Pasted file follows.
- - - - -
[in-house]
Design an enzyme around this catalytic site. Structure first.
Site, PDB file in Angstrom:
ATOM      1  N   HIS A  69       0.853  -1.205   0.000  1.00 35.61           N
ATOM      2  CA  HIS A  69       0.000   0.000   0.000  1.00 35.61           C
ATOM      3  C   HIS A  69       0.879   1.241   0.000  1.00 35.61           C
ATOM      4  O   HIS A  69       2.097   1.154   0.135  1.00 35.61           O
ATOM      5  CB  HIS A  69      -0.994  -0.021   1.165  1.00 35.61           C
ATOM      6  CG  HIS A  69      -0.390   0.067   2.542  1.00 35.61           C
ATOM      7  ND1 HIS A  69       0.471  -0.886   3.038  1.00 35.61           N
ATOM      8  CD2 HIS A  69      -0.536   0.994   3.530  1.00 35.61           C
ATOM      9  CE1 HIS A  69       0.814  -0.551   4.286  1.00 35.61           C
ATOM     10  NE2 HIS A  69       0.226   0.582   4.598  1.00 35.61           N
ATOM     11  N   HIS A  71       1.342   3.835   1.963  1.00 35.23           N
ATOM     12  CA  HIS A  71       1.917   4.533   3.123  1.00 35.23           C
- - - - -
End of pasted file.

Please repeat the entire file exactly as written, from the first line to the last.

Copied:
[in-house]
Design an enzyme around this catalytic site. Structure first.
Site, PDB file in Angstrom:
ATOM      1  N   HIS A  69       0.853  -1.205   0.000  1.00 35.61           N
ATOM      2  CA  HIS A  69       0.000   0.000   0.000  1.00 35.61           C
ATOM      3  C   HIS A  69       0.879   1.241   0.000  1.00 35.61           C
ATOM      4  O   HIS A  69       2.097   1.154   0.135  1.00 35.61           O
ATOM      5  CB  HIS A  69      -0.994  -0.021   1.165  1.00 35.61           C
ATOM      6  CG  HIS A  69      -0.390   0.067   2.542  1.00 35.61           C
ATOM      7  ND1 HIS A  69       0.471  -0.886   3.038  1.00 35.61           N
ATOM      8  CD2 HIS A  69      -0.536   0.994   3.530  1.00 35.61           C
ATOM      9  CE1 HIS A  69       0.814  -0.551   4.286  1.00 35.61           C
ATOM     10  NE2 HIS A  69       0.226   0.582   4.598  1.00 35.61           N
ATOM     11  N   HIS A  71       1.342   3.835   1.963  1.00 35.23           N
ATOM     12  CA  HIS A  71       1.917   4.533   3.123  1.00 35.23           C